You didn’t have to listen too hard to determine that Carrington and Spalding are clearly gifted musicians. But their approaches to live performance are so different, putting them on a stage, one after the other, is maybe not the greatest idea.
Carrington, who played first and was joined by four other musicians, served up an intimate (almost introverted) show, which was devoid of vocals (and short on conversation as well) and dominated by relatively moody sounds. Honestly, Carrington and Co.’s low-key style of play was probably suited more for a small jazz club than a large auditorium like the Energy Centre.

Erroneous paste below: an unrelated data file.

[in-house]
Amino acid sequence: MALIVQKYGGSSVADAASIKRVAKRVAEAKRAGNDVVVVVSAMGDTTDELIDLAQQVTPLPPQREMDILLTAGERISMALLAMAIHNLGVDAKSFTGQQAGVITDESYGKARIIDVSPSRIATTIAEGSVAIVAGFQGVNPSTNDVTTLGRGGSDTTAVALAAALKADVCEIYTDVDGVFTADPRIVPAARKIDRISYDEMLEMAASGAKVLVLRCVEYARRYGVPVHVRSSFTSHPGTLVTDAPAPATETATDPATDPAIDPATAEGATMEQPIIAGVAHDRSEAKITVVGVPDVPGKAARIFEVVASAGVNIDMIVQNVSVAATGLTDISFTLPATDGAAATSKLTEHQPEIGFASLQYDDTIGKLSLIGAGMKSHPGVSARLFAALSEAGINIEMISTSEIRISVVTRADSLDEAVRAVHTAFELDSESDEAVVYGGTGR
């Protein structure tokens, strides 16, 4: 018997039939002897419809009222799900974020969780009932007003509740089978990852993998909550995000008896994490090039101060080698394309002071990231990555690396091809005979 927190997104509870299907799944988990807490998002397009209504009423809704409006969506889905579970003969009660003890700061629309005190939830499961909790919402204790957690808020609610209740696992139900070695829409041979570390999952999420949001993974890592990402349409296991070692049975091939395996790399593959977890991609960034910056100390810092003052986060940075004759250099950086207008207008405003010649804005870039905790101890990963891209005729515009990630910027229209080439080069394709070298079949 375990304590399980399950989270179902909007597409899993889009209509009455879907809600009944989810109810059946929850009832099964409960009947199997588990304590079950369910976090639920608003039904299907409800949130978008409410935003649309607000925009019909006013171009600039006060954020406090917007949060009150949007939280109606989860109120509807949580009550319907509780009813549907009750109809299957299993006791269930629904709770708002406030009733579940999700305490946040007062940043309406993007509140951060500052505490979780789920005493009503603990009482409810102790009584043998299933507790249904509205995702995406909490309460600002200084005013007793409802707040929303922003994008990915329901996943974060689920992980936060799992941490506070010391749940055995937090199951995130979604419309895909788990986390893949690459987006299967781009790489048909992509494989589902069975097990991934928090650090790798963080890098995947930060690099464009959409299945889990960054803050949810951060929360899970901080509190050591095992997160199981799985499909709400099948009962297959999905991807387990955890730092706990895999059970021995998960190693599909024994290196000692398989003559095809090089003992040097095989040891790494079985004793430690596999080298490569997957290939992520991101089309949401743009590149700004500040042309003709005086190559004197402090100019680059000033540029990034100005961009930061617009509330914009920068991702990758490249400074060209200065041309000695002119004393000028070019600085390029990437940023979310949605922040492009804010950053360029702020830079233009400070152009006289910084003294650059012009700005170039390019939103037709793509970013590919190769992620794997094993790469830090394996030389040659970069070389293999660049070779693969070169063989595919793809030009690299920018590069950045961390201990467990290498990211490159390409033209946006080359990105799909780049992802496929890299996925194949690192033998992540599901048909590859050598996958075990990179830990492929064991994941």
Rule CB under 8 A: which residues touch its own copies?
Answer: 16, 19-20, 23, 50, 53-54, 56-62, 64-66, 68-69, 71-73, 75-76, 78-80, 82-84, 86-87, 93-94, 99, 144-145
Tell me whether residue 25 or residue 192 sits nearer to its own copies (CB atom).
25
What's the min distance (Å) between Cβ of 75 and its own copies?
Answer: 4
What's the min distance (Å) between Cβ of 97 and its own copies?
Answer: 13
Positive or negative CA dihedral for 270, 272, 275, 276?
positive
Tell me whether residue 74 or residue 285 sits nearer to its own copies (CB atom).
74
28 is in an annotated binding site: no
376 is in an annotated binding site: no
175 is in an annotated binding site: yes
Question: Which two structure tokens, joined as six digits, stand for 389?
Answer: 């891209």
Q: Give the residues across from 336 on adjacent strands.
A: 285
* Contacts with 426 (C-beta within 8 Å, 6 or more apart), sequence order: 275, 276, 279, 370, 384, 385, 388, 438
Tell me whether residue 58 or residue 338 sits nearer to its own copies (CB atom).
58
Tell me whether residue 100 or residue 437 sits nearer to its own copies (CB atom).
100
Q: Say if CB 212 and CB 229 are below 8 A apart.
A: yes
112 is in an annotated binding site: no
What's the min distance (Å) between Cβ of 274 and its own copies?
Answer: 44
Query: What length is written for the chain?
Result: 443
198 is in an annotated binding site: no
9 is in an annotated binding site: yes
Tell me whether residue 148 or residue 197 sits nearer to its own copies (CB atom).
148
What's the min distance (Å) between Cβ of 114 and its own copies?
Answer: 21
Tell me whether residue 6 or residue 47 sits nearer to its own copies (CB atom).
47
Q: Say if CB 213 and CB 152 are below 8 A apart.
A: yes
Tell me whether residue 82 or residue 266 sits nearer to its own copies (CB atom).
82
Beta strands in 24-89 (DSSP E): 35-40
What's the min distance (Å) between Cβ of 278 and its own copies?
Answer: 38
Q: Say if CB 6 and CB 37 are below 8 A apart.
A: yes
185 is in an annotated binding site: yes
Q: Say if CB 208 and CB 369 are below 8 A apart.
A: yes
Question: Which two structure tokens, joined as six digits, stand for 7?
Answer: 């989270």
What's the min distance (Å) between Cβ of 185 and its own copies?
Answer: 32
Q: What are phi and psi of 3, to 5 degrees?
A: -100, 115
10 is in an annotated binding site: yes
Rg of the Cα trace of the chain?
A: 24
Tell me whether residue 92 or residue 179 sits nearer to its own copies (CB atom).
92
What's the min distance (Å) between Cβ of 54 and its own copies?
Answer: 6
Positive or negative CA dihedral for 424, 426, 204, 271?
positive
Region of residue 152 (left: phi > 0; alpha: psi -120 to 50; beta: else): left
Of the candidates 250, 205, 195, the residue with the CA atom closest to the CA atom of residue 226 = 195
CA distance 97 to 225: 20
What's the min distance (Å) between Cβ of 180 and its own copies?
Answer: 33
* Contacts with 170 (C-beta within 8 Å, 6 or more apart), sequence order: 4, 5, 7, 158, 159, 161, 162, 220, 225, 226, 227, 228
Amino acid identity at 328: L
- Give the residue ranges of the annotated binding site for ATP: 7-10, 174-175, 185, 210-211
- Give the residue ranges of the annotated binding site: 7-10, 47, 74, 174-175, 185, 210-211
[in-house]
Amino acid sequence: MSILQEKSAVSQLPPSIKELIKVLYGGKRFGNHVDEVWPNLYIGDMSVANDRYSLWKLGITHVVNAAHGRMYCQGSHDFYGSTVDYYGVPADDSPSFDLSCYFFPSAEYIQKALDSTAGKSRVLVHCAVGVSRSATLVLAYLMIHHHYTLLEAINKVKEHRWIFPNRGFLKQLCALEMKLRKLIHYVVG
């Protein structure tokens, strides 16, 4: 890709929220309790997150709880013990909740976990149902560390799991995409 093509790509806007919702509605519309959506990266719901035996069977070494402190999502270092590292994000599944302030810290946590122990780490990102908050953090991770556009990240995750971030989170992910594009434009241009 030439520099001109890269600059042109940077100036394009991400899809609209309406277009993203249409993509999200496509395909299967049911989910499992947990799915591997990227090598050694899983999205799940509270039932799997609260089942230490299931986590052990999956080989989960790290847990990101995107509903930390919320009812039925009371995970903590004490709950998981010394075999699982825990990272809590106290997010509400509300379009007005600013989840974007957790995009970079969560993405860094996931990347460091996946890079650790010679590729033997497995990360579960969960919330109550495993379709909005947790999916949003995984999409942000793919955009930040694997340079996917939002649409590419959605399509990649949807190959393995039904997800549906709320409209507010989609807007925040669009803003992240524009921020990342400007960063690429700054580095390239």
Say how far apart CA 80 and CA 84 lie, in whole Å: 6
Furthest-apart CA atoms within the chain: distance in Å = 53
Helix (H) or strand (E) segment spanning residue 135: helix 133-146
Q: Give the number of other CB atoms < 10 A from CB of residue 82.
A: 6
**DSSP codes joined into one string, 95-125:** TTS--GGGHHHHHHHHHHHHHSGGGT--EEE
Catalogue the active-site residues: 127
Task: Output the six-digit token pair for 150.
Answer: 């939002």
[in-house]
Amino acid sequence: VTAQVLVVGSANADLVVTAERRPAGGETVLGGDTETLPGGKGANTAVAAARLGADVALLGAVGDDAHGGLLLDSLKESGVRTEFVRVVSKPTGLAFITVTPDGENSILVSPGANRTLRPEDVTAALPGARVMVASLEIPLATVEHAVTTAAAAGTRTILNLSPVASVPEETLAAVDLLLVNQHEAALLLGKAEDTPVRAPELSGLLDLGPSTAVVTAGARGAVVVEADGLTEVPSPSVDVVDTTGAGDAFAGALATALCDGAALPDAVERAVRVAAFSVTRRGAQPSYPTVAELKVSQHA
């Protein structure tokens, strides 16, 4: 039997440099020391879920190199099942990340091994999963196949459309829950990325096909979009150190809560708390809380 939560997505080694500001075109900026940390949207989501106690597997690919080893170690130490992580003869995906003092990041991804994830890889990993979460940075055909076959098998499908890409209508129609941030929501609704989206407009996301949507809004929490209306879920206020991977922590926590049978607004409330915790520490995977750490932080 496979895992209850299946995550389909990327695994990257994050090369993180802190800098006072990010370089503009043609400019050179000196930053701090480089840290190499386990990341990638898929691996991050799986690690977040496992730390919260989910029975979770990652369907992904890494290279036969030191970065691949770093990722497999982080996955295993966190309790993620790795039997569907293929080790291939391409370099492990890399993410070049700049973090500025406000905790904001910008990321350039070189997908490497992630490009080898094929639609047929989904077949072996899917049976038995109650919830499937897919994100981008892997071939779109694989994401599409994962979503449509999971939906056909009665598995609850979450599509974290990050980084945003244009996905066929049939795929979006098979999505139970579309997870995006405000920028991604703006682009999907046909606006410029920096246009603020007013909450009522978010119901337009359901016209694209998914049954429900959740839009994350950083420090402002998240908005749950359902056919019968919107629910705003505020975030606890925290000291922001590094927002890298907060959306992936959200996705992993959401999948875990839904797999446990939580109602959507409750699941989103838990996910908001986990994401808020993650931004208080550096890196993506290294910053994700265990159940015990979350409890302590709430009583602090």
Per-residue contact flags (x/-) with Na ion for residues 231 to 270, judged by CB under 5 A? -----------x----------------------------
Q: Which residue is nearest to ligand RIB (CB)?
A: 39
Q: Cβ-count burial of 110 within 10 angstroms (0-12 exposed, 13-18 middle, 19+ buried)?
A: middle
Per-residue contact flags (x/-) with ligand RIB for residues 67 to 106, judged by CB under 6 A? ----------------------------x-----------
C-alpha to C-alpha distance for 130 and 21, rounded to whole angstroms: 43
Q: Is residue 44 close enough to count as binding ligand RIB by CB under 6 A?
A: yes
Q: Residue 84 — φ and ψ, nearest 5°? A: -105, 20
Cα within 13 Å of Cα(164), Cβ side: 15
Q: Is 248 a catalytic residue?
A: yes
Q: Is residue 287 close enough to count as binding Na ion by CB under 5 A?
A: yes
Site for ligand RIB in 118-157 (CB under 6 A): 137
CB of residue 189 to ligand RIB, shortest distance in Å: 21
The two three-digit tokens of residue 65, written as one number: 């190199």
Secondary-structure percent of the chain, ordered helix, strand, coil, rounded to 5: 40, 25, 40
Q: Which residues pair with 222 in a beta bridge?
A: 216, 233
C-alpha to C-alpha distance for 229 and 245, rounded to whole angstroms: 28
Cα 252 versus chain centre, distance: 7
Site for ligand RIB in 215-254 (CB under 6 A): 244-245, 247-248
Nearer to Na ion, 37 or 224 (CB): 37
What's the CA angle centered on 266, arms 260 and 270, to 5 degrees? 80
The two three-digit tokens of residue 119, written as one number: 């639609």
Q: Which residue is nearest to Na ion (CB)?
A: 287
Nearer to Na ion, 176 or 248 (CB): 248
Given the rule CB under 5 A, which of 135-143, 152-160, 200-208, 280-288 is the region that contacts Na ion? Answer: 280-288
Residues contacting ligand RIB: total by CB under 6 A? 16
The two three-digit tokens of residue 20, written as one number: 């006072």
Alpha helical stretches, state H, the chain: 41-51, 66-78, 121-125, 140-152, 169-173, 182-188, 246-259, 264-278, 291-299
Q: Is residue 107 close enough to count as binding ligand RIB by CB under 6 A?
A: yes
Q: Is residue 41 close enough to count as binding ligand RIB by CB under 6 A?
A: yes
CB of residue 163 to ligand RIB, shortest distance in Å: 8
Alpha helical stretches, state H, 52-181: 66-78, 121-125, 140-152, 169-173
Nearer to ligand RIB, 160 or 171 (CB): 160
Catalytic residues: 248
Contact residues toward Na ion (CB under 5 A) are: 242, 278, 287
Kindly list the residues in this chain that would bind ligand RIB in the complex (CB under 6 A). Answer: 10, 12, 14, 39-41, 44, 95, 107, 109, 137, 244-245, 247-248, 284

Spalding, on the other hand, was accompanied by a big band-style crew and played an accessible set of tunes made to move the crowd. On top of that, she engaged the audience by explaining her songs, telling tales, cracking jokes, and more. Focusing entirely on her R&B-tinged album Radio Music Society, and punctuated by a guest appearance by Atlanta-based soul singer Algebra Blessett on the song "Black Gold," Spalding's time on stage was designed for folks who were probably decompressing from a long week at work.
Now, both Spalding’s and Carrington’s performance styles are valid, but they don’t necessarily complement each other for a combined listening experience.
Second Hand Swagger!!
Totally original!!! Love love them!
The Quaildogs for sure!
It looks fun cheers
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